The giant six-foot three gym-going sarsen with perfectly manicured hair strides down the street, swagger in his step. He is the epitome of the 21st century man – machismo a plenty, well-groomed and well chiselled… or so he thinks.
But surely to be a real man modern living can be shunned in an instant? Say good bye to luxury hair products, bonne chance Domino’s Pizza, farewell to designer clothing. If we stripped back the thin veneer of the macho male, what are we left with if not a shadow of our forebears? As men today we are pampered and preened, too often happy to forget what is important in life – the ability to survive without.
For, in this day and age, the ability to survive is apparently no longer necessary with sixty-two per cent of males claiming they are unable to do that most basic of tasks that helped mankind tame the planet – making fire. An amazing twenty-six per cent of us also claimed we couldn’t live on a desert island without our toiletries.
I was shocked and appalled. From a young age I was brought up learning how to make do. Whether it was starting a fire with sticks, climbing trees and making dens, damming streams or even fixing punchers on bikes without ‘daddy’, I was born into a world which was ready to be explored and enjoyed. The countryside around my childhood home was there to be conquered, an adventure to be had in every wood, at every bridge and river. We didn’t have a television license for years. The first time my parents owned a computer was when I was thirteen. I would go round friends’ houses to play on their consoles, whilst spending my time at home building Airfix kits or model boats which would be ceremoniously sailed in the school pool.
As such I grew up with a love of all things practical – and this has helped me in ways I would never have considered related. In work and in education, having the ability to see things in a completely different light to others has shed light on arguments or problems in a fresh and energising way.
And personally, I see a lack of television, a lack of computer games as a luxury at that tender age. It gave me a grounding I couldn’t have found staring at a screen. It let me learn about the world around me, not shut it out. I wasn’t a child stifled by ‘things’ but rather all too aware of what excitement lay outside my front door. To me that is where practicality is fostered – in your childhood. Everything can go awry, but nothing is ‘wrong’. You learn by doing and making your own mistakes, tackling your own problems. It gives you an independence of mind and the freedom of choice.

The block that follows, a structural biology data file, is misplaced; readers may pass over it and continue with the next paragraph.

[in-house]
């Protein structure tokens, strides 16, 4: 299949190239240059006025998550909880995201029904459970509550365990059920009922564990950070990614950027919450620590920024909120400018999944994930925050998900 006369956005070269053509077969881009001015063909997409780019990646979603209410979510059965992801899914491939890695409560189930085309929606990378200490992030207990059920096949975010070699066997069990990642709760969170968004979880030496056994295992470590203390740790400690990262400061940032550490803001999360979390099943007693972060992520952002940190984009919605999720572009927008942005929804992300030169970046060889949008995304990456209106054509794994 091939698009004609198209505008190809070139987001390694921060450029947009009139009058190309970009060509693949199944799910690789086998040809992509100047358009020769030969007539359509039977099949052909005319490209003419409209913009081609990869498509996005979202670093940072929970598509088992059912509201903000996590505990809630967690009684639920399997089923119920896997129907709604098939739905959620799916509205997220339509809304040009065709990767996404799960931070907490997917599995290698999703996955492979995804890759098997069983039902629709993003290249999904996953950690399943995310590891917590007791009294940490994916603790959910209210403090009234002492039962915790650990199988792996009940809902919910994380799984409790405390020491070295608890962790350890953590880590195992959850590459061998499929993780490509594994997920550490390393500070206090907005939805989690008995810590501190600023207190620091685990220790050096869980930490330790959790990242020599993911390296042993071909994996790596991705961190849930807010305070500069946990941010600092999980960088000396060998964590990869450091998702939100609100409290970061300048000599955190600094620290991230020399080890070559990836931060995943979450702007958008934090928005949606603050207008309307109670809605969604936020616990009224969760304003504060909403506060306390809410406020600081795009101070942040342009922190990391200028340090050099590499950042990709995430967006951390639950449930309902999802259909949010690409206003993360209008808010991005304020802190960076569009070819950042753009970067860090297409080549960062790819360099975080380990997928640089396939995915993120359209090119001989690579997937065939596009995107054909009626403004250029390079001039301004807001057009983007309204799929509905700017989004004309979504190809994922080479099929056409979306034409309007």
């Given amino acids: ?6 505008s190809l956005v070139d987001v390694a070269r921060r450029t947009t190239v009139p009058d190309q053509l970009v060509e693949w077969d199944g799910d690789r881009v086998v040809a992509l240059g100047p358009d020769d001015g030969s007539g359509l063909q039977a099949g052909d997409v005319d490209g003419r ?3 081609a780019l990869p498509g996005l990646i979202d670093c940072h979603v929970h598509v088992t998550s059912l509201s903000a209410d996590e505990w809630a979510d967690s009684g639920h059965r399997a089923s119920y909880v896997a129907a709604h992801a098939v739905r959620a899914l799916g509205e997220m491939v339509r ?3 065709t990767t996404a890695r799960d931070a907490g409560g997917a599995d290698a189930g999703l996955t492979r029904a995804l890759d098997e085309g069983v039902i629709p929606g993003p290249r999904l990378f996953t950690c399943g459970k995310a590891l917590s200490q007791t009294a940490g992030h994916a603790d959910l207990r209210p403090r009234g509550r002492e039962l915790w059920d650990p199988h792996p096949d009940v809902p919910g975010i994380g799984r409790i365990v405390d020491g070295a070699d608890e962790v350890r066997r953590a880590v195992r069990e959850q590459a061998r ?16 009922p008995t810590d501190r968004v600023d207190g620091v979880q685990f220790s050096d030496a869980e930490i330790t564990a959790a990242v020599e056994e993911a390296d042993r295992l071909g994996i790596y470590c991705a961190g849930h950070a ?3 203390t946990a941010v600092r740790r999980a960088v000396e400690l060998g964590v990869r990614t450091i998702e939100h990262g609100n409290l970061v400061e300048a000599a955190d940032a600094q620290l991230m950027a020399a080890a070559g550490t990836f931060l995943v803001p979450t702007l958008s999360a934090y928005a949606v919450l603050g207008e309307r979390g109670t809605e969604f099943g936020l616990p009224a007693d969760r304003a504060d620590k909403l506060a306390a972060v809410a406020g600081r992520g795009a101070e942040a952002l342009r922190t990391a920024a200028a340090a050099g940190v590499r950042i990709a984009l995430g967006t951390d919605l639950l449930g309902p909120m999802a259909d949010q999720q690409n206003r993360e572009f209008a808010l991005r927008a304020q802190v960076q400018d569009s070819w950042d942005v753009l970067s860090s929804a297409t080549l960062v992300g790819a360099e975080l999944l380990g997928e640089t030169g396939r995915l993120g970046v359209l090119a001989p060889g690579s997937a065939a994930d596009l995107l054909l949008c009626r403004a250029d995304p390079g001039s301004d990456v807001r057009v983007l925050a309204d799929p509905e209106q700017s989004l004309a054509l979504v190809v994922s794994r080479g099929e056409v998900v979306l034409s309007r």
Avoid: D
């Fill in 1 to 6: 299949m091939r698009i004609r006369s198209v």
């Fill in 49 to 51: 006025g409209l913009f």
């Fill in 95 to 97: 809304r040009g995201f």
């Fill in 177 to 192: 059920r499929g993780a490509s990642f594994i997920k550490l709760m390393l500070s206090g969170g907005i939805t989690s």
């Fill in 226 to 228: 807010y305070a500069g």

I always remember an old school master telling me that no matter how old you are, you will always remember those important achievements of your childhood. No matter how small or insignificant it seems today, it was a spark that was kindled into a flame. Sure, we all have our talents, but if I ever have children I hope to pass on that love of things practical. The things that helped make sense of the world around me and give me the knowledge I take for granted today.
So as you start to day dream and stare, with gaze blurred, out of that commuter train window or when you are sat at a red light, cast your mind back to when clambering about with your friends in the park, or in those woods. You could stand back and say “we climbed that hill, we built that camp, or we shot that police car with a paintball gun”.
We spend far too much time as children trying to be adults and what we don’t know is that by being a child, by loving doing the most childish of things, we learn the skills needed in adulthood. Children don’t need phones, instagram or Facebook. They need an adventure.
And sadly today as adults we’ve suffered from that loss of adventure sought in childhood. But as children, when you sat behind that television, the outdoors seemed deceptively far away. Yet without that contact we only fall further behind in our knowledge of the real world around us – a world where things still need to be built, repaired or even taken to bits. People should never forget – they can do it too, but they need to explore first.
So as I sit staring at this computer screen tap tapping away I feel I should draw a conclusion from this education. When, as a child, I sat perplexed as my rudimentary tree house (presumed indestructible) lay shattered on the ground the morning after the storm, I learnt something to my benefit – we all too often expect others to explain but sometimes you shouldn’t expect to be taught, you should just learn it yourself.